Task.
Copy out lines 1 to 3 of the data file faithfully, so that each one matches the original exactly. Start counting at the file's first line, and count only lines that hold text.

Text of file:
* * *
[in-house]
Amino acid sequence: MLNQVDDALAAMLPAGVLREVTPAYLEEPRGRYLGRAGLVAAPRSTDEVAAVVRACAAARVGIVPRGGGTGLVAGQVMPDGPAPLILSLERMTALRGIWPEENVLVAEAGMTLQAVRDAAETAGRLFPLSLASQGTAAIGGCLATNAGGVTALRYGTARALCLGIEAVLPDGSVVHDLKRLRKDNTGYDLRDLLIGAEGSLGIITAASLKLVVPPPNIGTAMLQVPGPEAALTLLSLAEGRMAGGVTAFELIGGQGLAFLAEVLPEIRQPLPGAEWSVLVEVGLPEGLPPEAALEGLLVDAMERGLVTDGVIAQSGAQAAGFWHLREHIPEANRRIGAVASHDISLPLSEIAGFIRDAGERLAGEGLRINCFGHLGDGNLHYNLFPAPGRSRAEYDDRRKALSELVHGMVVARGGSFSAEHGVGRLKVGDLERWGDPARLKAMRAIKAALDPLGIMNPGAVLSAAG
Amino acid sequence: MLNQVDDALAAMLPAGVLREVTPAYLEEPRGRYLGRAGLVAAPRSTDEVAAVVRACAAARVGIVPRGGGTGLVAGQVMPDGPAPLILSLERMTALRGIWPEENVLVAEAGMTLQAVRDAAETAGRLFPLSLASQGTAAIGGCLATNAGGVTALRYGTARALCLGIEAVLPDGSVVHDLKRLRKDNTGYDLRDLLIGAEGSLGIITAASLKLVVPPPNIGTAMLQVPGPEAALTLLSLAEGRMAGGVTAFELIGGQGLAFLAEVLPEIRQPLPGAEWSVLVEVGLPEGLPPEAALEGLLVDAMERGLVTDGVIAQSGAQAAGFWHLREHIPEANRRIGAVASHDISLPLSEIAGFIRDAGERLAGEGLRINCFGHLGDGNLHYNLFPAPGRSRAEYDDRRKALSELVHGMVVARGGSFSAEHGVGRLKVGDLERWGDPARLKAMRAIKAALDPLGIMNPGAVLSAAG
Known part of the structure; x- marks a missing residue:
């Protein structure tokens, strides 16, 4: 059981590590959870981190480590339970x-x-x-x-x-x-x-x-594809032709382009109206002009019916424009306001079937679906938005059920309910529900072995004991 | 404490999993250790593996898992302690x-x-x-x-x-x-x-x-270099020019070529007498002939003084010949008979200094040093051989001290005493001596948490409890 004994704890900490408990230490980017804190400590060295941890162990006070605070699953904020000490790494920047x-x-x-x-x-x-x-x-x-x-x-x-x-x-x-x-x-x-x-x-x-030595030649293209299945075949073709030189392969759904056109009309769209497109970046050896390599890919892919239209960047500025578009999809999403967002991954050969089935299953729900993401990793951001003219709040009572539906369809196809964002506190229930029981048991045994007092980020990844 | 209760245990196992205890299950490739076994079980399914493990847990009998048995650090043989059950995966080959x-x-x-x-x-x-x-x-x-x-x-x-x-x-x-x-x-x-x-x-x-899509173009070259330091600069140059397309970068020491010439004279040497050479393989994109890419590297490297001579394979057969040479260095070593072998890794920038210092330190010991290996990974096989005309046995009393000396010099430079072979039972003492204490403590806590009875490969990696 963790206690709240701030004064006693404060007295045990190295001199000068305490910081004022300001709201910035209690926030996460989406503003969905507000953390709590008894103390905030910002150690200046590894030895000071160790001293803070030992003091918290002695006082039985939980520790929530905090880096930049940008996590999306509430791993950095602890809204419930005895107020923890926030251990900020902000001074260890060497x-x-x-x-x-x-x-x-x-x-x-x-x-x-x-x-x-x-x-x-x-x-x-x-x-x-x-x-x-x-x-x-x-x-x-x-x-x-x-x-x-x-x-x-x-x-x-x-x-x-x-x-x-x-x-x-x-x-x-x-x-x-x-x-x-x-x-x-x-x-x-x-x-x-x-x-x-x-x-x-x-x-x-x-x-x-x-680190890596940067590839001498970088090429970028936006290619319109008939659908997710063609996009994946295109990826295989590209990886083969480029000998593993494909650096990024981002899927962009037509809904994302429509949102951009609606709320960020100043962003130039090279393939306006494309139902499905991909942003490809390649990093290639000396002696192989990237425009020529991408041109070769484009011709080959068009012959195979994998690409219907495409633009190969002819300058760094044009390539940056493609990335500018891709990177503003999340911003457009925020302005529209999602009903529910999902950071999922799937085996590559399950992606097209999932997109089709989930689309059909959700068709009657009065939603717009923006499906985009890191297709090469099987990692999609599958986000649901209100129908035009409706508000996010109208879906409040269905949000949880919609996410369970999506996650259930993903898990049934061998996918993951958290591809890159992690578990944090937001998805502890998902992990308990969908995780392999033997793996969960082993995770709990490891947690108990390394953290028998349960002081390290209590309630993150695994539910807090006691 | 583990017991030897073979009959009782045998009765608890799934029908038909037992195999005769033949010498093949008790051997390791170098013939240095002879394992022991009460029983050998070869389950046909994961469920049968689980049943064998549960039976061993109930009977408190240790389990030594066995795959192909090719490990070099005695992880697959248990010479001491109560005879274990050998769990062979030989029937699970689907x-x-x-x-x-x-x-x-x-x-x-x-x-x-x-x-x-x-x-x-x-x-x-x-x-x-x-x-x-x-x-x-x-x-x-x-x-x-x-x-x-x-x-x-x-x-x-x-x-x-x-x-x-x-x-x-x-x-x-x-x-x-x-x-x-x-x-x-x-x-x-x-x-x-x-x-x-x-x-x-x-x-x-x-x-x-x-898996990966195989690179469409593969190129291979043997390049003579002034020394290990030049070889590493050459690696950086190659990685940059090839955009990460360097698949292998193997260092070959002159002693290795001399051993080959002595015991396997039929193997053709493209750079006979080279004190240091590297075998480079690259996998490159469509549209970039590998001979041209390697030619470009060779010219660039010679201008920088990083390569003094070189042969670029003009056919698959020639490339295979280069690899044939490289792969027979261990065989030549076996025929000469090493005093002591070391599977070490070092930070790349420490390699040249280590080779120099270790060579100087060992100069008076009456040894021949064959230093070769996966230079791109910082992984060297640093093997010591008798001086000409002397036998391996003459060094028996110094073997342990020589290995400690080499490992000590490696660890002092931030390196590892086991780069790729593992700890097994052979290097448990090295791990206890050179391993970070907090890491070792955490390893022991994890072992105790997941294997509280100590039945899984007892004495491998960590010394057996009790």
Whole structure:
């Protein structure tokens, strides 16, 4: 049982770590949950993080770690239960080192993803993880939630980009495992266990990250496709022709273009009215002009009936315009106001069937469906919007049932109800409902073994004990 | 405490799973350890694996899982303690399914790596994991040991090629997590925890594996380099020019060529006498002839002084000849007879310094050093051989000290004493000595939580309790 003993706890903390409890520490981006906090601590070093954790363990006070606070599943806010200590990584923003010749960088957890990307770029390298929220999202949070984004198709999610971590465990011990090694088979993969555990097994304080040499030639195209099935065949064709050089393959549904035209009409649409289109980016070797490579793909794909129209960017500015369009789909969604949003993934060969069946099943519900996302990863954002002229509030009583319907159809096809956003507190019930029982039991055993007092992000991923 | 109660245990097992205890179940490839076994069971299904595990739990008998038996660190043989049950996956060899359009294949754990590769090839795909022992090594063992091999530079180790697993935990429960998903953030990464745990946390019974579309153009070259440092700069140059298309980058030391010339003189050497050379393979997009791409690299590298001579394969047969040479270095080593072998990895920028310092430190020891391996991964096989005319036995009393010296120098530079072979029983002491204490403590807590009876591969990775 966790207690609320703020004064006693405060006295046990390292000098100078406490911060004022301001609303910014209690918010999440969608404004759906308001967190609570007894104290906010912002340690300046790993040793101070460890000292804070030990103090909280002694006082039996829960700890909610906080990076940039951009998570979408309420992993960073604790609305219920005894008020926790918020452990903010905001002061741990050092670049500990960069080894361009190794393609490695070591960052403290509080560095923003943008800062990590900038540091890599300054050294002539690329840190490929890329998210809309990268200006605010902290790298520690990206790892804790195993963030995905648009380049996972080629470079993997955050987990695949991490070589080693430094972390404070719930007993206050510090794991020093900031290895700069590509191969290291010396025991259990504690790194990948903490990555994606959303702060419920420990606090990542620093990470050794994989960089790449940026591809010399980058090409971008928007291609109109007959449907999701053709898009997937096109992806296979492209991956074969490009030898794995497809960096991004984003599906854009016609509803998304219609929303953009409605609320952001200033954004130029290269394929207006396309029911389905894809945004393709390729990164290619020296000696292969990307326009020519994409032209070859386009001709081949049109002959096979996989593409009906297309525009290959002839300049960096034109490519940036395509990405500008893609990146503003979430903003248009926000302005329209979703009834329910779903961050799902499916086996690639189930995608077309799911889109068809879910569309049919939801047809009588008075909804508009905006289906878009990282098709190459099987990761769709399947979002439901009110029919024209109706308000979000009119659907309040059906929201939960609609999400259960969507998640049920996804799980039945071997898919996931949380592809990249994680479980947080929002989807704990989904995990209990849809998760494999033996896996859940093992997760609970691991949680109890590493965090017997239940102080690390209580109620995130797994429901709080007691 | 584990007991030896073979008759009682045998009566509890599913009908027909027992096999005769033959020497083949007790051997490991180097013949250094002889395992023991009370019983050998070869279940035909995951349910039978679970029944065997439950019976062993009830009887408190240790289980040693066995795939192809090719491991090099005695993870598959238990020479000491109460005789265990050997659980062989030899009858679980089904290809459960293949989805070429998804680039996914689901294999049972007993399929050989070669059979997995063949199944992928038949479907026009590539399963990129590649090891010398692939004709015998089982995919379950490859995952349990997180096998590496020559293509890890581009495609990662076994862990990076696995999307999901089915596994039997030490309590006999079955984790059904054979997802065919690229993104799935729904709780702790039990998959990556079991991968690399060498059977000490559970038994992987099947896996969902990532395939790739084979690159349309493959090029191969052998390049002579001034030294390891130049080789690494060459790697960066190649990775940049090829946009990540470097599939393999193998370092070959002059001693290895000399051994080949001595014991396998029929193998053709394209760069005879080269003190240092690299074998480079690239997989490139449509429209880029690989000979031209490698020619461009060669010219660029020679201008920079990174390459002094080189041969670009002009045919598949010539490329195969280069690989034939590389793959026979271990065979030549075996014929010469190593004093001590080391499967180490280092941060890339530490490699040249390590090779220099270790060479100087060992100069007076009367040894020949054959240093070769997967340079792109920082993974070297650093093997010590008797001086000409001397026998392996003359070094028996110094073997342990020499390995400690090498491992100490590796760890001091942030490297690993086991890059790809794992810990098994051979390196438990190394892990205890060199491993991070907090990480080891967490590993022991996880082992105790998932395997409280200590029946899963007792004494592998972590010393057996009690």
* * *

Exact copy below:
[in-house]
Amino acid sequence: MLNQVDDALAAMLPAGVLREVTPAYLEEPRGRYLGRAGLVAAPRSTDEVAAVVRACAAARVGIVPRGGGTGLVAGQVMPDGPAPLILSLERMTALRGIWPEENVLVAEAGMTLQAVRDAAETAGRLFPLSLASQGTAAIGGCLATNAGGVTALRYGTARALCLGIEAVLPDGSVVHDLKRLRKDNTGYDLRDLLIGAEGSLGIITAASLKLVVPPPNIGTAMLQVPGPEAALTLLSLAEGRMAGGVTAFELIGGQGLAFLAEVLPEIRQPLPGAEWSVLVEVGLPEGLPPEAALEGLLVDAMERGLVTDGVIAQSGAQAAGFWHLREHIPEANRRIGAVASHDISLPLSEIAGFIRDAGERLAGEGLRINCFGHLGDGNLHYNLFPAPGRSRAEYDDRRKALSELVHGMVVARGGSFSAEHGVGRLKVGDLERWGDPARLKAMRAIKAALDPLGIMNPGAVLSAAG
Amino acid sequence: MLNQVDDALAAMLPAGVLREVTPAYLEEPRGRYLGRAGLVAAPRSTDEVAAVVRACAAARVGIVPRGGGTGLVAGQVMPDGPAPLILSLERMTALRGIWPEENVLVAEAGMTLQAVRDAAETAGRLFPLSLASQGTAAIGGCLATNAGGVTALRYGTARALCLGIEAVLPDGSVVHDLKRLRKDNTGYDLRDLLIGAEGSLGIITAASLKLVVPPPNIGTAMLQVPGPEAALTLLSLAEGRMAGGVTAFELIGGQGLAFLAEVLPEIRQPLPGAEWSVLVEVGLPEGLPPEAALEGLLVDAMERGLVTDGVIAQSGAQAAGFWHLREHIPEANRRIGAVASHDISLPLSEIAGFIRDAGERLAGEGLRINCFGHLGDGNLHYNLFPAPGRSRAEYDDRRKALSELVHGMVVARGGSFSAEHGVGRLKVGDLERWGDPARLKAMRAIKAALDPLGIMNPGAVLSAAG